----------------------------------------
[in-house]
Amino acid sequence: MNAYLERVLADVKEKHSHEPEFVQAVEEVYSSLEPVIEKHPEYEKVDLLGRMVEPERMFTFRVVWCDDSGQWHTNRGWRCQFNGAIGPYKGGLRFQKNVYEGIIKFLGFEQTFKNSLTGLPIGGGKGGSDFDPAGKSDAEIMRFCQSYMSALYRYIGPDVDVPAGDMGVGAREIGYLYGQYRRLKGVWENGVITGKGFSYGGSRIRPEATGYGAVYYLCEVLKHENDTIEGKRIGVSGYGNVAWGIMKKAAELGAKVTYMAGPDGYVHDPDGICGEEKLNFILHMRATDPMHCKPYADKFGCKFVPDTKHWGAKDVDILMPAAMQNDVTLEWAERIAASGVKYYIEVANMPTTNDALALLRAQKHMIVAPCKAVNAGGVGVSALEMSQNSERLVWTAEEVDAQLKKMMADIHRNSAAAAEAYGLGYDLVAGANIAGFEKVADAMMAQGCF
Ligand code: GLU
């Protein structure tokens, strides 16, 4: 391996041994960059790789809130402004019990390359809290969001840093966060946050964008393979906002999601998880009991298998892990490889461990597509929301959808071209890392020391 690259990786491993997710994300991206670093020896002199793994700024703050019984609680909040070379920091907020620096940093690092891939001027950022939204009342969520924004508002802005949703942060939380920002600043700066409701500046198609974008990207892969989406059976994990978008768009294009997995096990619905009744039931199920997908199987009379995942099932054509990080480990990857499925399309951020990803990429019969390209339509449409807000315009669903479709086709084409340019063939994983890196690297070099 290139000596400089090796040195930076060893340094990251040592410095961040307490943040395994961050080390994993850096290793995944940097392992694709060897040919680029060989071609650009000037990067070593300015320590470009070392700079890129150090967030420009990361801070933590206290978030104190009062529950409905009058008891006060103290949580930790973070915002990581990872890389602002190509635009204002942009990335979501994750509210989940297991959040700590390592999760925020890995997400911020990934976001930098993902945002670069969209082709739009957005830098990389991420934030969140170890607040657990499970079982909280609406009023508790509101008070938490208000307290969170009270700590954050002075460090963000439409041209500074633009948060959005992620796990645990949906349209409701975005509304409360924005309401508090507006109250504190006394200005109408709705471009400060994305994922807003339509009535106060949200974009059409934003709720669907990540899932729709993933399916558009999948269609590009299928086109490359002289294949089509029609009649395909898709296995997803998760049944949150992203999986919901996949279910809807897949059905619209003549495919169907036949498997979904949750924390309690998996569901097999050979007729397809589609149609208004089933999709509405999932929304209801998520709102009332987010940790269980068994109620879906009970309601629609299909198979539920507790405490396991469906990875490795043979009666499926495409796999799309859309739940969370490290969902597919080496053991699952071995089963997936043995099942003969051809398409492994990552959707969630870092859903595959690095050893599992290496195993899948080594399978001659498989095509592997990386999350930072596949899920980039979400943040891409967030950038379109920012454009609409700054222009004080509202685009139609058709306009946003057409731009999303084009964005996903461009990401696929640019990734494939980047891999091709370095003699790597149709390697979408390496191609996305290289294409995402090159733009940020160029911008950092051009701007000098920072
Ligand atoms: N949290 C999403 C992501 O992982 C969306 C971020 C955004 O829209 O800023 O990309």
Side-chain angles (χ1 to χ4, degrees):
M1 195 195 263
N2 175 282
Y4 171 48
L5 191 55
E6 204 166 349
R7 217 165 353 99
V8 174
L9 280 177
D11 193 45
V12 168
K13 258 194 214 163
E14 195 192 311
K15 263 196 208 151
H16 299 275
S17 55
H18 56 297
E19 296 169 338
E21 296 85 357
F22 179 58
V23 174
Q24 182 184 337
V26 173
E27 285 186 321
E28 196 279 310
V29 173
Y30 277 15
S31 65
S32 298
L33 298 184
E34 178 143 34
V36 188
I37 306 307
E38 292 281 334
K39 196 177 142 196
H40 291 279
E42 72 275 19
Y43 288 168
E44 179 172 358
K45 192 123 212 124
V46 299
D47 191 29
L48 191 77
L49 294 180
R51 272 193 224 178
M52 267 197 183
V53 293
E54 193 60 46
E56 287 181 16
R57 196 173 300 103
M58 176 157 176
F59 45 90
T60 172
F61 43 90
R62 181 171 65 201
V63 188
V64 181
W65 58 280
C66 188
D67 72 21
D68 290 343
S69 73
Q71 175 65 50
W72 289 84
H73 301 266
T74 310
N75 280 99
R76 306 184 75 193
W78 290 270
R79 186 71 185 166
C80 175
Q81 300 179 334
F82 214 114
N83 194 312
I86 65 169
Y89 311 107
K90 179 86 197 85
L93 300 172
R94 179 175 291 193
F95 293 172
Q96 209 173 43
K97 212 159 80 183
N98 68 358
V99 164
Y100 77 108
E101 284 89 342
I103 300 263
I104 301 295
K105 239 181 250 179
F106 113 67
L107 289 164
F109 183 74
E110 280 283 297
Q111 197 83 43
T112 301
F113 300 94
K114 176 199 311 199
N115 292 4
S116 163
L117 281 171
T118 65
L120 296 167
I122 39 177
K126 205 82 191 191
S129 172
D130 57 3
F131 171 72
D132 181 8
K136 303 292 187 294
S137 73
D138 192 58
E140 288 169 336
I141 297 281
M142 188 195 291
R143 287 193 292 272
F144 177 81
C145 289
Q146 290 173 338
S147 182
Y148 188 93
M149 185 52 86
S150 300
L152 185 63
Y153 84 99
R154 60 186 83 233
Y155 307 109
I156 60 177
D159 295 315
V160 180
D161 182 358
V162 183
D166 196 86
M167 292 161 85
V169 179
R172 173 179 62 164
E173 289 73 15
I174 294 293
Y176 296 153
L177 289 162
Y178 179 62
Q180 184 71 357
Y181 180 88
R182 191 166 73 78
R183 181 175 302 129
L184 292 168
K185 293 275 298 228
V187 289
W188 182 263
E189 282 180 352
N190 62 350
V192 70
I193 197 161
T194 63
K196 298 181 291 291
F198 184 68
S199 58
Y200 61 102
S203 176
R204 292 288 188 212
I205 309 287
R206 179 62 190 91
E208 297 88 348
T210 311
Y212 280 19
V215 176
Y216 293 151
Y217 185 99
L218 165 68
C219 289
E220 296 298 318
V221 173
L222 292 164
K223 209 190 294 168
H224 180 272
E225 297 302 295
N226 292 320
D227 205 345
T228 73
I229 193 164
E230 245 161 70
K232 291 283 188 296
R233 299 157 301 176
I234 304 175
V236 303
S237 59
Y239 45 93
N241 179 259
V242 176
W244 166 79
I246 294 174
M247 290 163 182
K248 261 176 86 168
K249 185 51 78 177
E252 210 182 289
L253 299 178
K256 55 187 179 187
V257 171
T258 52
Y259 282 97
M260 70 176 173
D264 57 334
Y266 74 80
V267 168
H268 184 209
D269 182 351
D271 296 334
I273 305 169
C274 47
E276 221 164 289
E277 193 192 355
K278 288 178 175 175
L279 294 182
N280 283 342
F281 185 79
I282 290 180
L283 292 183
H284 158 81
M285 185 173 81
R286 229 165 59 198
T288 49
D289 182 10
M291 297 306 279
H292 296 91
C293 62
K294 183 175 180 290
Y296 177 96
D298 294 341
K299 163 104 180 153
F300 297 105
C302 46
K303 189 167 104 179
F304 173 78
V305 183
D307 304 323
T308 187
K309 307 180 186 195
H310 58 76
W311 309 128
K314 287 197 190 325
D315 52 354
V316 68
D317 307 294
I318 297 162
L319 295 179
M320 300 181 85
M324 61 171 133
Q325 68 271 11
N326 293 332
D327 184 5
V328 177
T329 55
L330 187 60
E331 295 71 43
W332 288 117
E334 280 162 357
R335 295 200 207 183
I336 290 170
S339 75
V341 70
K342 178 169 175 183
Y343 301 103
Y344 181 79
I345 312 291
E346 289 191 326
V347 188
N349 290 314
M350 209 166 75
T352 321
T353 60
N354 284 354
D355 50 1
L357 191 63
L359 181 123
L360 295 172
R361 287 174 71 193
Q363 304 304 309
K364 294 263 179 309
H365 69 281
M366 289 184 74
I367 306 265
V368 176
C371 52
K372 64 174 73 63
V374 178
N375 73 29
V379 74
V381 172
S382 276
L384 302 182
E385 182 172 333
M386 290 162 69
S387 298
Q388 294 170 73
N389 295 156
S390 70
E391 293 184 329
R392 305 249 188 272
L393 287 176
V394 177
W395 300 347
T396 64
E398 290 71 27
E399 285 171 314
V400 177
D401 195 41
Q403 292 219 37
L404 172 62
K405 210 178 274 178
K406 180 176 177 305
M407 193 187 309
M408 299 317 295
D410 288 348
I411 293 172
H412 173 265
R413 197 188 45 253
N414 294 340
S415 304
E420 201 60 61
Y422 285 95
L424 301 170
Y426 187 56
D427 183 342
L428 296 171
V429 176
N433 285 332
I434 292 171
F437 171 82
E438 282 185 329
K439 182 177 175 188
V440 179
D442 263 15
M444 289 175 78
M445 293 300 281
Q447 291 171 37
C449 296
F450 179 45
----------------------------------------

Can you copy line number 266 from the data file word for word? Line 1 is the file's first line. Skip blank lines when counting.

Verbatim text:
Y343 301 103